Many of us are at home riding out the days of a stay-at-home order. If we’re lucky, we’re working from home; if not, we might be receiving unemployment and waiting for an opportunity to get back to work.
In any case, it’s in the best interest of a lot of us to find ways to cut back on our spending, even under the restriction of staying at home. The less we can spend right now, the better, because the future is uncertain.
Here are some excellent strategies for saving money while under a stay at home order.
Remember, you’re naturally saving money by not going out and doing minimal shopping.
Almost everyone is spending less money right now than they did before a stay at home order began in their area. Simply put, a lot of businesses that might otherwise gobble up our dollars and cents simply aren’t open right now, and our own personal choices and restrictions might be keeping us from patronizing those that are open.
There aren’t any restaurants that are open in my area other than those serving takeout. I can’t visit any stores related to my hobbies — they’re all closed. I’m careful about trips to the grocery store and have zero interest in wandering the aisles there. I’m not going to coffee shops or ice cream shops or anything like that.
All of those changes are having a real effect on my spending, and that’s having a real positive effect on my checking account balance. There just isn’t any money going out right now other than money for essentials, and that’s a great thing.
Ramp up your cooking skills instead of relying on convenient foods.
It’s a familiar refrain, but it’s a truthful one: the more effort and focus you put into preparing food at home, the more skilled you become at it. The more skilled you become at it, the more likely it is that it will be your preferred option for meal acquisition going forward. Right now is an amazing opportunity to put more effort and focus into preparing meals at home so that you not only save money now, but you build those kitchen skills so that you’re a lot less tempted to grab takeout later on.
With our own family, there eventually came a point where we realized that it was easier and cheaper and produced tastier and healthier results to simply make almost all of our meals at home. We go out solely for special occasions, usually to a restaurant that prepares really high-quality meals that manage to greatly exceed what we can make ourselves or is in a specialty we don’t know much about. It’s a rare, special occasion for us. On extremely rare occasions, we eat out for convenience, but that’s usually a result of an unexpected event.
Why? Honestly, we can make pretty good meals at home rather quickly. They’re healthy and tasty and cost a whole lot less than meals eaten out. We got to that point by making lots and lots of meals at home.
The pushback against this strategy is that people always think they don’t have time to make a lot of meals and build up that skill, but a stay at home order is delivering you the time needed to build that skill. You have all the time in the world to make a lot of meals at home and build up some kitchen skills and confidence.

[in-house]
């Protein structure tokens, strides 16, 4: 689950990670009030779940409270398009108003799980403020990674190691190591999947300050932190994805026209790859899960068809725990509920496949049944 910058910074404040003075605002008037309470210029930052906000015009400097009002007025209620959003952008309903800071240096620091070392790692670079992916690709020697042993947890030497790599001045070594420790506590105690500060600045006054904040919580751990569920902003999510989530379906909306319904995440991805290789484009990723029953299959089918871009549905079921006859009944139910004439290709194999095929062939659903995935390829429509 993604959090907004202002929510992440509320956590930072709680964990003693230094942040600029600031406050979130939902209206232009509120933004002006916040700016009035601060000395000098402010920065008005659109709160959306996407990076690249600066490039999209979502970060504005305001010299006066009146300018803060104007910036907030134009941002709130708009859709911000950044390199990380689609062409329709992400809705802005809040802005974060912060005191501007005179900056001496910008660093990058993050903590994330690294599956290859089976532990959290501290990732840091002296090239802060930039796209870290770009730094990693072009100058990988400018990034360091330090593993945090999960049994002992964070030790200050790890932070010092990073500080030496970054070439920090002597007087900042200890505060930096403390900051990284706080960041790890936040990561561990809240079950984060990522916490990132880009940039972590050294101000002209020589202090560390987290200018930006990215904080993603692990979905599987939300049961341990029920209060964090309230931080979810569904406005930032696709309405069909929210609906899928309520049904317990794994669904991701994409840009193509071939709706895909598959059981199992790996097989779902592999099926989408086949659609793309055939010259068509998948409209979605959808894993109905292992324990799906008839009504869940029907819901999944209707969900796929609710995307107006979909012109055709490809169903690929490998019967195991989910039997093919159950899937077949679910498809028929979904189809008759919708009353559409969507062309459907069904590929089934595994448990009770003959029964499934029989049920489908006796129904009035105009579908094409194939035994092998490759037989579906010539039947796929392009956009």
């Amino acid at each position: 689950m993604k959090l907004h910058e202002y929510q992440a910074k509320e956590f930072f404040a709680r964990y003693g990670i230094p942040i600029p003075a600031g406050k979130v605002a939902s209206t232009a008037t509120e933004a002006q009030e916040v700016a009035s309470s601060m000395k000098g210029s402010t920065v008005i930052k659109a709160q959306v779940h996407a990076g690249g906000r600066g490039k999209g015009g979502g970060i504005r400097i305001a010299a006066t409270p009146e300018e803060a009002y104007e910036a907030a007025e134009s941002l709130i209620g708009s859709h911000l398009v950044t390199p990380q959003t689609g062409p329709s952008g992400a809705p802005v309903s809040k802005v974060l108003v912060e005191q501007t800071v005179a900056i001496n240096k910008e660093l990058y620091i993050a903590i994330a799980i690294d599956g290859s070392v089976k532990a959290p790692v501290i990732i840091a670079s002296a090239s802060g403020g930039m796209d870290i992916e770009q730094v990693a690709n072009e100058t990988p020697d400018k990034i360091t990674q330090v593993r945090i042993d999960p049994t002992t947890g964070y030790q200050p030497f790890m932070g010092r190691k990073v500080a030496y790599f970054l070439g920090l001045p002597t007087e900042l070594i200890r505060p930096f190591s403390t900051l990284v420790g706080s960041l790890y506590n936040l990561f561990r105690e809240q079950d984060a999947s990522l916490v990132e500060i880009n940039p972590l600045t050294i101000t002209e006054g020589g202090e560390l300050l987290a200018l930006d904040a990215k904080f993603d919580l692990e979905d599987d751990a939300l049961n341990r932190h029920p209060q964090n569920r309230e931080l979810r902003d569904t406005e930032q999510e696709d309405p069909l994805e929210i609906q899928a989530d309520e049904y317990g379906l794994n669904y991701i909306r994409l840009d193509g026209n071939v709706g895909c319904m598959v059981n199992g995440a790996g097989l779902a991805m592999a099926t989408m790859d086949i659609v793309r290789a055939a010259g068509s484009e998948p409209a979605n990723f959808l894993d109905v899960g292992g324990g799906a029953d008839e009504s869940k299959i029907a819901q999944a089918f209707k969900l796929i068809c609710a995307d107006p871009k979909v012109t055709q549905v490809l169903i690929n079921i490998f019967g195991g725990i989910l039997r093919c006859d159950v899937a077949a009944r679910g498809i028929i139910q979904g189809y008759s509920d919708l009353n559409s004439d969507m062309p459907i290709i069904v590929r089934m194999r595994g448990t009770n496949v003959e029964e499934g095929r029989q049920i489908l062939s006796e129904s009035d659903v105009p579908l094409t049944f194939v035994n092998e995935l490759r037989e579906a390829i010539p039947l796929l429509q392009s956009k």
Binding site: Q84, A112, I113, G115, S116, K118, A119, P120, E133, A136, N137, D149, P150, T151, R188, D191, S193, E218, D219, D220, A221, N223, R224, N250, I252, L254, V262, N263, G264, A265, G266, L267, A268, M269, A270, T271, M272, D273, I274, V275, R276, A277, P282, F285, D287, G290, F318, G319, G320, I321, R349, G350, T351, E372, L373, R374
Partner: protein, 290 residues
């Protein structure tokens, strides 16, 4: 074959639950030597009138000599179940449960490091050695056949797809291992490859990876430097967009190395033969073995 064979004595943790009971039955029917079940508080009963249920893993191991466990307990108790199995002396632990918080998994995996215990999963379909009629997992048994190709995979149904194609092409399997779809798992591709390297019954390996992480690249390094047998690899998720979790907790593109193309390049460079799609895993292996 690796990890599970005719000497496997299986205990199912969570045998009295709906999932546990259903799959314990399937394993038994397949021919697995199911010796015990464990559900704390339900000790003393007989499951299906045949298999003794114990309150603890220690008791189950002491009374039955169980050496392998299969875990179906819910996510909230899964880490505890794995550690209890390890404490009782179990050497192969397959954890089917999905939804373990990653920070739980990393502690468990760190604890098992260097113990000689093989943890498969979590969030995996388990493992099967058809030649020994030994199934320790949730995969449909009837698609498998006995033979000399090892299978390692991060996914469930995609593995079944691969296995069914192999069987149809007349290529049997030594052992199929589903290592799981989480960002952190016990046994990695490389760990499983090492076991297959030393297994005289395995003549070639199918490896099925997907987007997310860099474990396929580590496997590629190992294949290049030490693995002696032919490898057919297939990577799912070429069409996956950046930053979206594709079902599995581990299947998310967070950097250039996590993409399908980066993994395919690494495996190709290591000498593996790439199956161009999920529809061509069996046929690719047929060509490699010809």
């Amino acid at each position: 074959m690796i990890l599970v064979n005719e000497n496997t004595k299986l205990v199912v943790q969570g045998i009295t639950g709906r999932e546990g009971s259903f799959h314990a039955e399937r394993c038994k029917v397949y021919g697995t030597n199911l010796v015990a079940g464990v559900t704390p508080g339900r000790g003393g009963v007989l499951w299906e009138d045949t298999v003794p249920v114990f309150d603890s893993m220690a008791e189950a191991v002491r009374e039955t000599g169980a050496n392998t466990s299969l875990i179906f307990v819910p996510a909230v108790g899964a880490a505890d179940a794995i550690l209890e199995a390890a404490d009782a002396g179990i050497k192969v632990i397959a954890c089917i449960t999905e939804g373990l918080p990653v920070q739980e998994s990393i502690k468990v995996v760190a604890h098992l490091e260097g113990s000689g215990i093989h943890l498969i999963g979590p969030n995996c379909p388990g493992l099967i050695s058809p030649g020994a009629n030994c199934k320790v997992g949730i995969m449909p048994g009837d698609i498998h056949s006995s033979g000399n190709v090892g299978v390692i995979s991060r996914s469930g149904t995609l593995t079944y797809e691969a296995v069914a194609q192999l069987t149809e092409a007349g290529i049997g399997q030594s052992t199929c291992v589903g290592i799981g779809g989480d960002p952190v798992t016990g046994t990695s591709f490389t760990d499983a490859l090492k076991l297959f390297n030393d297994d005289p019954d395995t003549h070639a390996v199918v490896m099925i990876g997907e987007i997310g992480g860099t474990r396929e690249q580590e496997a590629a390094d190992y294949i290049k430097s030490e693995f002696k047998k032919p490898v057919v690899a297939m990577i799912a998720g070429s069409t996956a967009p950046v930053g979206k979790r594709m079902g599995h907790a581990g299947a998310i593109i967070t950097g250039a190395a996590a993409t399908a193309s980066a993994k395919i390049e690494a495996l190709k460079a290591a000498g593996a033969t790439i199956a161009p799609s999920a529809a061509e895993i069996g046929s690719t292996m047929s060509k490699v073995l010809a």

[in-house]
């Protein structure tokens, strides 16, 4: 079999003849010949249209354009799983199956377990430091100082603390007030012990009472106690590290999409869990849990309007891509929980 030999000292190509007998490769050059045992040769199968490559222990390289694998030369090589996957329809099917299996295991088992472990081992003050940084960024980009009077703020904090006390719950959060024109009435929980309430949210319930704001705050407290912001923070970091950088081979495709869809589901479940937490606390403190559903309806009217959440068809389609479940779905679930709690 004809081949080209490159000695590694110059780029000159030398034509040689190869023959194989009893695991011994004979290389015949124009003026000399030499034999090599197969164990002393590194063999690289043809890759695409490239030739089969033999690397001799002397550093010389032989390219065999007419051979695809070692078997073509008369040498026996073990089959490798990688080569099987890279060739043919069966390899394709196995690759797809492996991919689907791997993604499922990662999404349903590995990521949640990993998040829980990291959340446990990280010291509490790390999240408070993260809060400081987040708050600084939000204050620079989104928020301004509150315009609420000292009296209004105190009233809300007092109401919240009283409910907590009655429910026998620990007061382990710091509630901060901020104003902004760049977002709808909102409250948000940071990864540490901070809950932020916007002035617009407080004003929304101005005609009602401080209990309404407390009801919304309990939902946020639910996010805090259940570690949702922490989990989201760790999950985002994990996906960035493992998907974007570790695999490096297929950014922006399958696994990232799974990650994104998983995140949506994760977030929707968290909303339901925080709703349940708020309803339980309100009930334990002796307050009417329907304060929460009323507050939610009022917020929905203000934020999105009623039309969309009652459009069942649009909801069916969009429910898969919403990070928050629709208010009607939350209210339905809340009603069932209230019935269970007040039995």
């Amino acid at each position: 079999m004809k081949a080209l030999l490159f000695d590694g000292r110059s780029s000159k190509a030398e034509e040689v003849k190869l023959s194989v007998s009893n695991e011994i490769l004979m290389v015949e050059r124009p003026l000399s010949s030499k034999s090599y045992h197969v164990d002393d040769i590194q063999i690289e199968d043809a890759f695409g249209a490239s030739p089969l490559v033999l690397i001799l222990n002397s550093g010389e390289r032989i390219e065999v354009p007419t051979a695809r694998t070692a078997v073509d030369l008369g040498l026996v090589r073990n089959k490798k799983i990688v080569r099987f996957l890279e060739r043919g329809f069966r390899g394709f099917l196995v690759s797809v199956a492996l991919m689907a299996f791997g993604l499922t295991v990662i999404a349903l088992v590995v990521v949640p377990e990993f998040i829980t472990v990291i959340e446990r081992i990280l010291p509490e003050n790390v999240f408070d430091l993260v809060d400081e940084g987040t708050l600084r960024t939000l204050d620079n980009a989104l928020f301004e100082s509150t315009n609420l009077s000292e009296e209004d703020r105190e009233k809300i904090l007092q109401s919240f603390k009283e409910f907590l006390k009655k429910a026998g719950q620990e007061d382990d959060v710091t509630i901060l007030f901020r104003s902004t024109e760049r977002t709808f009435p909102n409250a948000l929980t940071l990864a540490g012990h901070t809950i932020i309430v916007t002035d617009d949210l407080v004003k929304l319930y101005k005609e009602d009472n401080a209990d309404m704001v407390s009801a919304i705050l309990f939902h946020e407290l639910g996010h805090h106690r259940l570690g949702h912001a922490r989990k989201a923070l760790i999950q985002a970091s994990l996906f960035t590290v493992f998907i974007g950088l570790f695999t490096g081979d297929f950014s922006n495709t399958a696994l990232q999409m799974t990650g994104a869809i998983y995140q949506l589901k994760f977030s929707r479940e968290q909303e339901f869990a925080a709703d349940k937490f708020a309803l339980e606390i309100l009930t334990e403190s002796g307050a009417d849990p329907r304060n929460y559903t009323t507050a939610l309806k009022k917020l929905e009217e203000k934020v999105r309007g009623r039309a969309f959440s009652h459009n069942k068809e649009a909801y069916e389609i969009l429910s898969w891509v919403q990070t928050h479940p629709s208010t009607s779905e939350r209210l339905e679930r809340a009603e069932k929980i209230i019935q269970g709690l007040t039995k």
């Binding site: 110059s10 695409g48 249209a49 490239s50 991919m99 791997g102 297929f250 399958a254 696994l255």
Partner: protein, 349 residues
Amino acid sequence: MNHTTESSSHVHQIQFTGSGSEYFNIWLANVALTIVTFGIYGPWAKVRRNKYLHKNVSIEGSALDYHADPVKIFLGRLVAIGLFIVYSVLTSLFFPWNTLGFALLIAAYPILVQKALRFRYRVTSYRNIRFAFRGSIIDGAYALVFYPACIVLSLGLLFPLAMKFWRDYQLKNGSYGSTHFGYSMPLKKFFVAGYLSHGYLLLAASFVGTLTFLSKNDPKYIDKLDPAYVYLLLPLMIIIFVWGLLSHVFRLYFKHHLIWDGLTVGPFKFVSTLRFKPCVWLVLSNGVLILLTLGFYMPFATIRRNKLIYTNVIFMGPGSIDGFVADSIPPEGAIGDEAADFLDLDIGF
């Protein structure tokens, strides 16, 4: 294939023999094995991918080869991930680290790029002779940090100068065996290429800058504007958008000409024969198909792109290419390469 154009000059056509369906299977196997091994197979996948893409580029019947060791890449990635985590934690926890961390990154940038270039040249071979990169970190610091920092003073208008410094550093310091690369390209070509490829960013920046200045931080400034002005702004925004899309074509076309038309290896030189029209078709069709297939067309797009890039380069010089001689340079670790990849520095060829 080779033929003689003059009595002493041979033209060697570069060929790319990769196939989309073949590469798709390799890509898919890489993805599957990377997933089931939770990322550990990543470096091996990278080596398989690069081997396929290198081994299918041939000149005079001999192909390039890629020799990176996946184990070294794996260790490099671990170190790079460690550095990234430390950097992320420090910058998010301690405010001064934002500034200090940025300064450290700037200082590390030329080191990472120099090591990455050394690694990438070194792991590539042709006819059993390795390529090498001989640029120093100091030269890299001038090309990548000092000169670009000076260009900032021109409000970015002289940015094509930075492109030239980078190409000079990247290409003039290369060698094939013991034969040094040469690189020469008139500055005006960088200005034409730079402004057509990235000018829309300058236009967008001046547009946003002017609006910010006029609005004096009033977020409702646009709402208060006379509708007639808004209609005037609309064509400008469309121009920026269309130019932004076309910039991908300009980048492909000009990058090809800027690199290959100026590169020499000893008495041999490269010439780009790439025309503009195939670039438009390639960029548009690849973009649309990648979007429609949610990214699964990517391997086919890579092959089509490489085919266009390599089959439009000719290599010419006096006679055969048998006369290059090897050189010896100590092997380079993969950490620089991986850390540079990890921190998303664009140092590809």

Want a strategy to follow? Make several of your favorite meals several times each. The first time will be rough and time-consuming, but each time, you’ll find that it gets a little bit easier to pull it off. You’ll figure out little tricks for doing things to make the meal tastier and how to make it turn out better and how to make the cleanup faster.
Then, when things return to normal, it won’t seem overwhelming to just go home and make dinner. The stuff you make there will probably taste better than takeout, it’ll certainly be cheaper, and it will probably be healthier, too.
Use up the supplies you have on hand.
Many of us have all kinds of strange things stowed away in our cupboards and pantries. Maybe you have supplies for a meal we intended to make in January. Maybe you have three or four half-boxes of pasta. Maybe you have six packages of ramen noodles left forgotten in a cupboard.
There is no better time than right now to go through all of those cupboards, pull out all of this stuff, and put it to good use. Figure out how to use it for meals and snacks going forward.
Not only is this “found food” essentially free, but it also stretches the time between grocery store visits so that you’re less exposed. Furthermore, if you don’t use it now, it’s likely to expire or at least grow overly stale.
As we’ve done this recently, we’ve had meals involving a big box of extra soba noodles and found lots of creative uses for preserved lemon and garbanzo beans. That stuff was sitting way in the back of our pantry, essentially forgotten, but now it’s seeing use and keeping our grocery bills even lower.
Evaluate your subscriptions and services.
I’ve mentioned this a couple of times recently, but it still holds true: this is a great moment for evaluating all of your subscriptions, services, and memberships. You’re likely not using many of them, and you might not be getting adequate value even out of the ones you are using.
Just go through all of the places where you might find subscriptions and services you’re signed up for. Check out your recent credit card statements and bank statements. Look at the subscription list in your Apple account, your Google Play account, and your Amazon account. Search your email for “subscription” and “renewal” and browse through the results.
As you find subscriptions and services and memberships, ask yourself whether these services are providing value to you right now. If you’re not able to answer that with an emphatic “yes,” cancel that subscription or service or, if that doesn’t seem right, at least put it on pause. If you’ve already paid for a session, simply turn off the option to automatically resubscribe to the service.